Researchers in Sweden followed 71,706 adult individuals between the age of 45 and 83 over a 13-year period in an effort to determine the benefits of eating fruits and vegetables every day. They found that eating five servings of fruits and vegetables each day contributes to a longer life. And it seems that five servings is the right number. Those who ate more didn’t show any greater health benefit. But those who ate less showed less. The researchers found that those with limited fruit and vegetable consumption had “shorter survival and higher mortality rates.”
This isn’t surprising. Fruits and vegetables are health. They can help ward off some chronic diseases and aid us in our weight management efforts. I tell my patients that fruits and veggies are like multi-vitamins and the more different-colored ones we eat, the better. But how many of us are actually partaking in these oh-so-giving edibles? Well, in the United States at least, not enough.
The National Center for Disease Prevention and Health Promotion recently reported that the average adult in the U.S. eats 1.1 servings of fruit and 1.6 serving of vegetables per day. Let’s do the math - 1.1 plus 1.6 doesn’t add up to 5. How do the different states compare? The ones with the lowest median fruit and vegetable consumption were North and South Dakota, Louisiana, Iowa and Mississippi. The states with the highest consumption were Oregon, California and New Hampshire. All the others were somewhere in between. None of them get a gold star.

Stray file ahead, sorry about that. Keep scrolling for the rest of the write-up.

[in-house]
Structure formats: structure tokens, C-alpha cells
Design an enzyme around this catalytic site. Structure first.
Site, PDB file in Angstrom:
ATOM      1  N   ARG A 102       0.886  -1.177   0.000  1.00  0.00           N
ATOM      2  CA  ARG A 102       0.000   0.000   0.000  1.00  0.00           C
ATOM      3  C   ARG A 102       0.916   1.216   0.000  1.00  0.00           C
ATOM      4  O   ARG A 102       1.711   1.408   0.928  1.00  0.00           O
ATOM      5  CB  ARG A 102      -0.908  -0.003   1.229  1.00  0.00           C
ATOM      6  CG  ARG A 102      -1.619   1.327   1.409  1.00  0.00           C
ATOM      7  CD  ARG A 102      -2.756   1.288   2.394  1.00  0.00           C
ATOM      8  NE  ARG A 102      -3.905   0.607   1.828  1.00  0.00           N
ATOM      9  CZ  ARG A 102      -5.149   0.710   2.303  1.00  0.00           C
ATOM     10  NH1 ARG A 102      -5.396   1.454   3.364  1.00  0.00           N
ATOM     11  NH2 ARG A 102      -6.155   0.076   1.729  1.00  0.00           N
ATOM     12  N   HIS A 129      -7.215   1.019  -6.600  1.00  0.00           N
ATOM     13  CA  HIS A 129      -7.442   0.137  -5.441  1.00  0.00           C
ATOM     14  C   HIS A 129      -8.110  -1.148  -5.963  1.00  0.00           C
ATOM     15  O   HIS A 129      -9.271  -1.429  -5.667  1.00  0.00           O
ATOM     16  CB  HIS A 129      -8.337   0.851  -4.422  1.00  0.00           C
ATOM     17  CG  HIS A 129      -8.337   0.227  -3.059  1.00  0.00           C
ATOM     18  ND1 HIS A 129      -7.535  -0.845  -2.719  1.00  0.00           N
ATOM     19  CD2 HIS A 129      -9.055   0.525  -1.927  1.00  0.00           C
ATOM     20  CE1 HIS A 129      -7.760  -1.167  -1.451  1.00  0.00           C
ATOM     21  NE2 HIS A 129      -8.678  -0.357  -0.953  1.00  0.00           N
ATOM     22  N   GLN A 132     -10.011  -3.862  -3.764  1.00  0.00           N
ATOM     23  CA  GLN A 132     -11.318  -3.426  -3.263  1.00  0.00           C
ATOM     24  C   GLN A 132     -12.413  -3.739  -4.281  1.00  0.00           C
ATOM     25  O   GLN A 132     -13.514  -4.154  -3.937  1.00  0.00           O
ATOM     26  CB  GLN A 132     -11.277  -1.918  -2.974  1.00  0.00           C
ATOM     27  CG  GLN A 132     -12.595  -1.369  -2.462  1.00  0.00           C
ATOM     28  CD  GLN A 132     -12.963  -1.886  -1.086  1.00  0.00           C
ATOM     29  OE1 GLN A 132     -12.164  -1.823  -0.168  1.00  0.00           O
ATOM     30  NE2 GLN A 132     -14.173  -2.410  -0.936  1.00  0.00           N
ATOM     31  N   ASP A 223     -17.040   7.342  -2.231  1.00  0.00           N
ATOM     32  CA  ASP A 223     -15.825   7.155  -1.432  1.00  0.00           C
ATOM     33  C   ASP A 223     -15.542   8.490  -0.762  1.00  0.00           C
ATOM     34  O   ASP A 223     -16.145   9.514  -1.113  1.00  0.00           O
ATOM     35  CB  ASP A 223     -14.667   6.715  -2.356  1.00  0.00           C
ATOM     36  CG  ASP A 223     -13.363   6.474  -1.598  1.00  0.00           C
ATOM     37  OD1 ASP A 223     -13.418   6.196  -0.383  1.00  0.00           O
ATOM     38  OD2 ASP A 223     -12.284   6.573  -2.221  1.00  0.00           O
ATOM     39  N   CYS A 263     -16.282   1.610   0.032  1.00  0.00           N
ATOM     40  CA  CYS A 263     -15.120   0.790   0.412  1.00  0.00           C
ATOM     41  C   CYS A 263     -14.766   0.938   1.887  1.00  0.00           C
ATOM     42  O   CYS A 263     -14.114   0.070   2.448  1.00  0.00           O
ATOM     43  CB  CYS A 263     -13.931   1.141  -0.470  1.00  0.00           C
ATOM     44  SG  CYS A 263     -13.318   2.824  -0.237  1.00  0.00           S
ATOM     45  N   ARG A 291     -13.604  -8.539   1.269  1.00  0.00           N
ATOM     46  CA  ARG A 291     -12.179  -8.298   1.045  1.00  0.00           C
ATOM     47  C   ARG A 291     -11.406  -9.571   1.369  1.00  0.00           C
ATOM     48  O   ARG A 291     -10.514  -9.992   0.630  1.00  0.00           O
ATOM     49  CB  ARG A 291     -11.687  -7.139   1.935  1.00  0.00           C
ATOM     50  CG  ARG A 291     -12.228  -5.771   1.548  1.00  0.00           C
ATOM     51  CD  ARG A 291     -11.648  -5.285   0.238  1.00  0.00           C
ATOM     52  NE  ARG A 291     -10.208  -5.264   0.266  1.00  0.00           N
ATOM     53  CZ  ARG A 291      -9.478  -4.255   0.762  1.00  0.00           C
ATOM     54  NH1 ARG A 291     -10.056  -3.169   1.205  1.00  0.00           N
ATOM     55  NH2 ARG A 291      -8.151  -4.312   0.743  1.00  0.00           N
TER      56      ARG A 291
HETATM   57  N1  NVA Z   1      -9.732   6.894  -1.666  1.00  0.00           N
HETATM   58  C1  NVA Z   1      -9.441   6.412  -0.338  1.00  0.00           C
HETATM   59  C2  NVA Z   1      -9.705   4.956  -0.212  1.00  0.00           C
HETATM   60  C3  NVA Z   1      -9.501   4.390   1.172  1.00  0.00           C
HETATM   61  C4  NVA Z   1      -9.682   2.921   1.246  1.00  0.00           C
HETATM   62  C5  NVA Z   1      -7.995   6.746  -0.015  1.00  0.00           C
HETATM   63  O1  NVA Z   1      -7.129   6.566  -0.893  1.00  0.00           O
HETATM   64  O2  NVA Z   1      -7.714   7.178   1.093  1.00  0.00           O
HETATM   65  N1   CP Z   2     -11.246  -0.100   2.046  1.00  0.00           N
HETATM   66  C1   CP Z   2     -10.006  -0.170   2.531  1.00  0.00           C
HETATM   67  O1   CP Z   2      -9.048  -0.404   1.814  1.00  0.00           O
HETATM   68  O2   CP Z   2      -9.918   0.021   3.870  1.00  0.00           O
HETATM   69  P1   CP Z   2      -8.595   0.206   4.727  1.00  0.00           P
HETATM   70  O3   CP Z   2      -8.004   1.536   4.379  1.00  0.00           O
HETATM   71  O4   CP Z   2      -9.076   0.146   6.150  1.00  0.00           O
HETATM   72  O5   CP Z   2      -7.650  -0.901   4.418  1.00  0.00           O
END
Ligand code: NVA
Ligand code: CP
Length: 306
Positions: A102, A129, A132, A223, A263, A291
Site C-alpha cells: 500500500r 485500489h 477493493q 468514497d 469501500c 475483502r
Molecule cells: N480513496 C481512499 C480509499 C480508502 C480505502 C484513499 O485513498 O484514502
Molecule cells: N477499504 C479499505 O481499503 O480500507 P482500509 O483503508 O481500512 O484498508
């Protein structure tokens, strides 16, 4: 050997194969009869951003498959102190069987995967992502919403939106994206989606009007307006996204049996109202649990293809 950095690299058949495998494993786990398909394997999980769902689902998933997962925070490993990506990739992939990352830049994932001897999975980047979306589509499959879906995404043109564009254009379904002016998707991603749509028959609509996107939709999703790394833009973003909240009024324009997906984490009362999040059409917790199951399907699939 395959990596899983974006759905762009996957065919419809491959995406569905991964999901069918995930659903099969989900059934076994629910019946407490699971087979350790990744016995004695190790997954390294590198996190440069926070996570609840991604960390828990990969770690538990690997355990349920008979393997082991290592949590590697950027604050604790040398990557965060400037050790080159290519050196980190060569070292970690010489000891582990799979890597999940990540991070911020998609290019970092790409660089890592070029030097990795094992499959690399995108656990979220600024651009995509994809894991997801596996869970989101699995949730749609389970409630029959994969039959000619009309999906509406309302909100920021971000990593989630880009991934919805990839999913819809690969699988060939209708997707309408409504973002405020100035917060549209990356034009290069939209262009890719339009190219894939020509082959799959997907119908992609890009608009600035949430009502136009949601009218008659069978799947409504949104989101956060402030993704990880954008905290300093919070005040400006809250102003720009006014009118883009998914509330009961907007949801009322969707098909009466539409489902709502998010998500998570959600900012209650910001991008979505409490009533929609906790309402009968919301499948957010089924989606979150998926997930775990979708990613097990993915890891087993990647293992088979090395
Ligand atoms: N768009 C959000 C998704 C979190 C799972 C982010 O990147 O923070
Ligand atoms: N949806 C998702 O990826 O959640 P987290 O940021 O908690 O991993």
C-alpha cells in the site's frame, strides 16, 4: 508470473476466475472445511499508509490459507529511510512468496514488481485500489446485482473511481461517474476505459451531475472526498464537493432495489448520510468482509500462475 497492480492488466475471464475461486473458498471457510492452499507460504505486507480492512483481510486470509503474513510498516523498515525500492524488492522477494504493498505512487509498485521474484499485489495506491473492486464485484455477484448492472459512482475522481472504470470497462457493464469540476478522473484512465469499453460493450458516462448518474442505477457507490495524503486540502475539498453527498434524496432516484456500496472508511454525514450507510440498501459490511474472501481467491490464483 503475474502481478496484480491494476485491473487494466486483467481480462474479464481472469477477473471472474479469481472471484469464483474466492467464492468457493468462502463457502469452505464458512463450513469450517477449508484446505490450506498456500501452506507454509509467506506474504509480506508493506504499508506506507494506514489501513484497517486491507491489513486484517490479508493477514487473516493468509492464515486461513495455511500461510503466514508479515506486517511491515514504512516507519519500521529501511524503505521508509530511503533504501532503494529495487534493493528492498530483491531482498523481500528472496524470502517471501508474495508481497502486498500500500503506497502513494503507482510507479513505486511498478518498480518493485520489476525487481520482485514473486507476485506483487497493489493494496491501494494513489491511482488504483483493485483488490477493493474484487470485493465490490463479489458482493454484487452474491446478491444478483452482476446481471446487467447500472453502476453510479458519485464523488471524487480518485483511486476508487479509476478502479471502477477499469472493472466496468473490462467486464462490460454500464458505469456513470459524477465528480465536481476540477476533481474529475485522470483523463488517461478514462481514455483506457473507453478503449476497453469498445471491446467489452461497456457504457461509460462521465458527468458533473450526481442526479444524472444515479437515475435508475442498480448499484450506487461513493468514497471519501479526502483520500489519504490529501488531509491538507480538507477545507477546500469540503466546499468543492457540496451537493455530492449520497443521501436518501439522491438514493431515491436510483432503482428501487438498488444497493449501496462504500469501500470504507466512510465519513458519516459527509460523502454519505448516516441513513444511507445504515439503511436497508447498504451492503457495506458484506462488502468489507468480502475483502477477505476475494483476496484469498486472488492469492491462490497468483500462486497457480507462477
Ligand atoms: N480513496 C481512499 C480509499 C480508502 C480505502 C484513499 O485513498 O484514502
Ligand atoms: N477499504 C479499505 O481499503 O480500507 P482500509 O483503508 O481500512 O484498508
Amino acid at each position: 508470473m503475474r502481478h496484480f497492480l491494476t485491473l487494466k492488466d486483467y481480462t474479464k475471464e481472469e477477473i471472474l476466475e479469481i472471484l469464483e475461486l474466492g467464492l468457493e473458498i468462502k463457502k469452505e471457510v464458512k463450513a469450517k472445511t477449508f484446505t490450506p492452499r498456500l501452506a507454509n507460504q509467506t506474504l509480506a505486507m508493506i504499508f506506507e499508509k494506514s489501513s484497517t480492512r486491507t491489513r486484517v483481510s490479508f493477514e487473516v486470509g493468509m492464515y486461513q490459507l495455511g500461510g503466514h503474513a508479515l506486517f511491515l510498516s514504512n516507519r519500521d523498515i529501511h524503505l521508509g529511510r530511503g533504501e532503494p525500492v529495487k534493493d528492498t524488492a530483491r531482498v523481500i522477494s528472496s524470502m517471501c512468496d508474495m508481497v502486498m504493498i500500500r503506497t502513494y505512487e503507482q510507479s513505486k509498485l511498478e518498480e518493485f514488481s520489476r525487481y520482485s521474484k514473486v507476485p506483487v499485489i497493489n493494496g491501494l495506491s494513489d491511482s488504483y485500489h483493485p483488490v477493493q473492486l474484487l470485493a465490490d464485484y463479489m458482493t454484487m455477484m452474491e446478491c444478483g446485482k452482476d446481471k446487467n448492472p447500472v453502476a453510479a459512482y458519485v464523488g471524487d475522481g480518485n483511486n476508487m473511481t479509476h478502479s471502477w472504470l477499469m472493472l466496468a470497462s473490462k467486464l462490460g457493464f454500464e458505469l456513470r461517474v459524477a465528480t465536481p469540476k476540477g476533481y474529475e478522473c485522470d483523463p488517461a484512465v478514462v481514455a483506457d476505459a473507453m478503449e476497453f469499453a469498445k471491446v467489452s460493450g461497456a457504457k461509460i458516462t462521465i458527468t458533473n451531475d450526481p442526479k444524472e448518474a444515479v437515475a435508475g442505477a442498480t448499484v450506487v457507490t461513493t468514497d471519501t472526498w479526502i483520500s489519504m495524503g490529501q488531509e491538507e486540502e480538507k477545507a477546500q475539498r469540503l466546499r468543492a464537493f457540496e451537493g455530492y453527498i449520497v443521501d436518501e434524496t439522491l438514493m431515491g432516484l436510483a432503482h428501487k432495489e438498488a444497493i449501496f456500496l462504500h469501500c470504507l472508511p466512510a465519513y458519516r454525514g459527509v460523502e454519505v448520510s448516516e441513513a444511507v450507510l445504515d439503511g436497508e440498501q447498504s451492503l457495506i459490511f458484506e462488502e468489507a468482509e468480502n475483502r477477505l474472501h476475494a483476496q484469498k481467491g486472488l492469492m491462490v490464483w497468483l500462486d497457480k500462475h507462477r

I’ve love fruits and veggies and enjoy at least five servings just about every day. And I live in California. I contributed to my state’s ranking for highest consumption! But my husband dragged our household down. He only wants to eat what I call “brown food”, which consists of meat, potatoes, pizza and other like items. I call him a work in progress.
Many of my patients don’t eat enough fruits and veggies. There are different reasons for this. For some, five daily servings seems difficult. The good news is that serving sizes aren’t as large as you may think. One-half of a banana, for example, is a full serving size of fruit. So is a small-to-medium piece of whole fruit, 17 small grapes, ¾ cup of blueberries, or 1 ¼ cup of whole strawberries. What about the veggies, you may ask? A serving size is just a cup of raw veggies or ½ cup cooked. Not bad.
To help us have balanced meals that include the important fruits and veggies, I always recommend the healthy plate. One-half of the plate is non-starchy veggies, one-quarter of the plate is starch and the other quarter of the plate is lean protein. Fruit and nonfat/low fat dairy are outside the plate, Imagine Mickey Mouse’s head. That’s the healthy plate. A slightly different version of this can be found on www.choosemyplate.gov. Check it out. After all, we’re only as good as our health.
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CDC. (2013). State indicator report on fruits and vegetables 2013. Retrieved from http://www.cdc.gov/nutrition/downloads/State-Indicator-Report-Fruits-Vegetables- Karst, T. (2013, July 10). Longer life linked to greater fruit and vegetable consumption The Packer. Retrieved from http://www.thepacker.com/fruit-vegetable-news/Longer-life-linked- to-greater-fruit-and-vegetable-consumption-214947961.html